Quick-Step Floors concede the Tour de France stages “are boring always with the same image” every day but they don’t mind because their sprinter Marcel Kittel keeps on winning.
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The German sprinted first to Bergerac on stage 10, his fourth stage win in the 2017 Tour. With the win, he added more points to his lead in the green jersey competition.
“Tomorrow in Pau we won’t sprint, we make echelons because everyone says it’s boring!” general manager Patrick Lefevere said with a laugh.
“That’s not my fault [that Mark Cavendish, Peter Sagan and Arnaud Démare are at home]. I think that this Kittel could even beat Cavendish. Last year, Cavendish beat us a few times, but with this Kittel, it’s another game.”
The Belgian boss says that the viewers must see the same thing when they turn on their televisions or stream the Tour de France. An escape riding by château after château, the inevitable catch and a Kittel win.
“The stages are boring because there’s always a break with two to four guys, and you always have the same image: Julien Vermote leads the group [for Quick-Step]. But we don’t make the Tour de France,” Lefevere continued.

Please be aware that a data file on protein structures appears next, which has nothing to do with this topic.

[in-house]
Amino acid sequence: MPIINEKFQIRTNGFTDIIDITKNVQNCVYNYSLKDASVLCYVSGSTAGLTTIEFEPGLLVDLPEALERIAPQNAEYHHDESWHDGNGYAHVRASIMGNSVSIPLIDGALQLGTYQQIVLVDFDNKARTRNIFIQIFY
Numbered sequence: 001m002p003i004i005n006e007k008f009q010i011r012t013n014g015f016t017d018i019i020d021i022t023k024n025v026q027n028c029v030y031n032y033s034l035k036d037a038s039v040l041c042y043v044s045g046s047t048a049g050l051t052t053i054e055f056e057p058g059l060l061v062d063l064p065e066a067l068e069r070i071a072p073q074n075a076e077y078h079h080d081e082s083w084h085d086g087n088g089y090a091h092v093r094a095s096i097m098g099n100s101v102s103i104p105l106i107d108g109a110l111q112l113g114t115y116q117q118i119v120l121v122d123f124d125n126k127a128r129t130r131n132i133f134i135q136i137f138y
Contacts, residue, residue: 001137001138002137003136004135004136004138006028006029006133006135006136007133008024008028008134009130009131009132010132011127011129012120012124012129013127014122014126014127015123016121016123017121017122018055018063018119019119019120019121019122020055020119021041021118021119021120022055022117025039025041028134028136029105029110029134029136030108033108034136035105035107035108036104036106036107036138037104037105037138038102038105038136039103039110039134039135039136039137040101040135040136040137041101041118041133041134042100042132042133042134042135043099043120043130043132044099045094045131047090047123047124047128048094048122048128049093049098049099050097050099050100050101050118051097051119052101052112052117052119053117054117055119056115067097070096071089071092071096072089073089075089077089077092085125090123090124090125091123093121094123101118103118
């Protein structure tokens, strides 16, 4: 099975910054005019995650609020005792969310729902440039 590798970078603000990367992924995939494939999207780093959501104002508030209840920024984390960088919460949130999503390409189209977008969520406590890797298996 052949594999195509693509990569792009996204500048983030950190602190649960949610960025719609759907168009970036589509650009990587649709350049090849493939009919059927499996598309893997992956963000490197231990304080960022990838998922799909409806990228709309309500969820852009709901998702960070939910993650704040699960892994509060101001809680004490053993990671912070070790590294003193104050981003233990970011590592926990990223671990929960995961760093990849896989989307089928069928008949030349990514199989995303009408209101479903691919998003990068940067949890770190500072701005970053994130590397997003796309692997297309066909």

“[The other teams] have to have balls to go the whole day in the break, from kilometre zero, and not everyone has this.”
If Kittel stage wins equal a boring Tour, Lefevere will welcome it. Stage 11 into Pau on Wednesday should produce another sprint, but the predicted winds may split the group.
“The riders make the Tour de France, you know that if BMC no longer has Richie Porte then Sky is happy. Just like Quick-Step with Kittel’s domination? Yes, of course.”
Kittel now counts 275 points in the green jersey competition with his four wins. Australian Michael Matthews (Sunweb) sits second with 173.
“It’s very important to see day by day and focus on getting points in the intermediates and end of sprints,” Kittel said. “Even at the end of stage 21, anything can go wrong.
“Mike Matthews was in a big break on Sunday, surviving two hors catégorie climbs and wins the intermediate sprint afterwards. There’s nothing I can do about it. He’s strong. I have to do my work in the flat stages, get the points here and hope it’s enough.”
Kittel comes in waves. In 2014, he won four stages, but after missing 2015, he only managed one sprint win in 2016. Again this year, he has four.
“I think I can say I’m the strongest Marcel at the moment. I never felt better, I’m in very good condition, that’s something that is a big achievement for me,” he added.
“To know that I did everything in a perfect way and the planning worked out, that’s also the difference in the years before.”